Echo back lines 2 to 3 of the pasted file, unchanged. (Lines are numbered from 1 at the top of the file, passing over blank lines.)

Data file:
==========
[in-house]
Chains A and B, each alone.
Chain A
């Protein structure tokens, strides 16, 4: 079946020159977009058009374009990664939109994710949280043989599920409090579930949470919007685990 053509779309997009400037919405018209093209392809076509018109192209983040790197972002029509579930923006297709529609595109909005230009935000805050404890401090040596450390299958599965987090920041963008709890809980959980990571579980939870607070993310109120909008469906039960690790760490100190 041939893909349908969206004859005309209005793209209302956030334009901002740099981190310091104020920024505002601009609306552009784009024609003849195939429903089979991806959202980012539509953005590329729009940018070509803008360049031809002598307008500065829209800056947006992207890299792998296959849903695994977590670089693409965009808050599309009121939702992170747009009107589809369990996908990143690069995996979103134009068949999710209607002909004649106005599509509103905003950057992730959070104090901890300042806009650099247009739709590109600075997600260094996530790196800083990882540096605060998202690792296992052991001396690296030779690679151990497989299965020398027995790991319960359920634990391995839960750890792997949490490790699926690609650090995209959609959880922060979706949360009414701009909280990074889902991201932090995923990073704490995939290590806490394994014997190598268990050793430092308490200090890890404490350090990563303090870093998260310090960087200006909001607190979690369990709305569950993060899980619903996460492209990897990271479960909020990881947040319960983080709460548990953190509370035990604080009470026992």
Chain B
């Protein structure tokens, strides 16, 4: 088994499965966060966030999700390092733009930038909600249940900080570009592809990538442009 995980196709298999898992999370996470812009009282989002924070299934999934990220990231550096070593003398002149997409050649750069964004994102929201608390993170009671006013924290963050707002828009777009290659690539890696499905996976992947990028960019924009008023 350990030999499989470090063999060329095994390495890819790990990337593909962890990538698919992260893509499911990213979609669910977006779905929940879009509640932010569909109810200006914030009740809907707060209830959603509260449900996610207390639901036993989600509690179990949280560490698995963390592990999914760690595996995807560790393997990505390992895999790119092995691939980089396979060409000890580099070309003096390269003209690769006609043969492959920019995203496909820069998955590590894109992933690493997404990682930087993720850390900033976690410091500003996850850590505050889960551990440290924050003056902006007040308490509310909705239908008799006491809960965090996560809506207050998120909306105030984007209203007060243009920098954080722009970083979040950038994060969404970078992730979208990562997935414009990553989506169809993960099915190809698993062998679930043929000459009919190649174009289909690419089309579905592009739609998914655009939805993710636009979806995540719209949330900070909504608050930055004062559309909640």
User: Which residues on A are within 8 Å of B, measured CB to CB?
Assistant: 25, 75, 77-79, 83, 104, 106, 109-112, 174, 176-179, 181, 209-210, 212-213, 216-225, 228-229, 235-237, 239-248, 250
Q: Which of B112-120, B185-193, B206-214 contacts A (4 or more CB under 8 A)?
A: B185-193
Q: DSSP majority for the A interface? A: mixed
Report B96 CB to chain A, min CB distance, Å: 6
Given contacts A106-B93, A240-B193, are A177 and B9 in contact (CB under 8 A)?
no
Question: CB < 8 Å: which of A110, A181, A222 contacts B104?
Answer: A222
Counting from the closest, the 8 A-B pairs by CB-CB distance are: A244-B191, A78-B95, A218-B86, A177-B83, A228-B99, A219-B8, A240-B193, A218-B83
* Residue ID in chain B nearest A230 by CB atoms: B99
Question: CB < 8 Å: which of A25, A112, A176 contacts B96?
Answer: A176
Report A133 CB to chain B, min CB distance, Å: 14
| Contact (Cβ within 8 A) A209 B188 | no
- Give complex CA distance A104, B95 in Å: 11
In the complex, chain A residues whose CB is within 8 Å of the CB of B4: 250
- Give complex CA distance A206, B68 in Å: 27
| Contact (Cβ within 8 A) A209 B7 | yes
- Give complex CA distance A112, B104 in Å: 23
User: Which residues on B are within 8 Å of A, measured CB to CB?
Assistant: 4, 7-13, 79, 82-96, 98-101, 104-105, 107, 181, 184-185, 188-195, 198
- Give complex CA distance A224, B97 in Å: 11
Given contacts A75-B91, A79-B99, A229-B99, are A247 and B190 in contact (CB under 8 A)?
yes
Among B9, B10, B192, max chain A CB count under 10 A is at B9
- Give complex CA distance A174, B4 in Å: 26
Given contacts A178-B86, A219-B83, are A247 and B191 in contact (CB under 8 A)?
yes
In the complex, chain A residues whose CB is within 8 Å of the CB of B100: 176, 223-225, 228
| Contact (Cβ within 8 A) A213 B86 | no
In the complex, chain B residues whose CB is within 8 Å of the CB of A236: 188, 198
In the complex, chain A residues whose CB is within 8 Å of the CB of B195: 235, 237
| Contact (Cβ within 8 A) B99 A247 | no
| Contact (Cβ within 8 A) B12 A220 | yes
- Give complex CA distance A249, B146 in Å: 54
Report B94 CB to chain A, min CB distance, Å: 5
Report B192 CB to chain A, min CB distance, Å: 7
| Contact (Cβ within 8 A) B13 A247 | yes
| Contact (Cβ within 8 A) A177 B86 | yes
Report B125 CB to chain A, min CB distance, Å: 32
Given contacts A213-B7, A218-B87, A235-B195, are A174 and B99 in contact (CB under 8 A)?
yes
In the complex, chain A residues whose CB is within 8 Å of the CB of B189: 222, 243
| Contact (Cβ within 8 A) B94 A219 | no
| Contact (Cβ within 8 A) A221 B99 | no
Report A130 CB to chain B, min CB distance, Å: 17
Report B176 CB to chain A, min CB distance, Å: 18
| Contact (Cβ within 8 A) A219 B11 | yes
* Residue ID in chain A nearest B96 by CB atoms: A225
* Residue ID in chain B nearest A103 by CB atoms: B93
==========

Chains A and B, each alone.
Chain A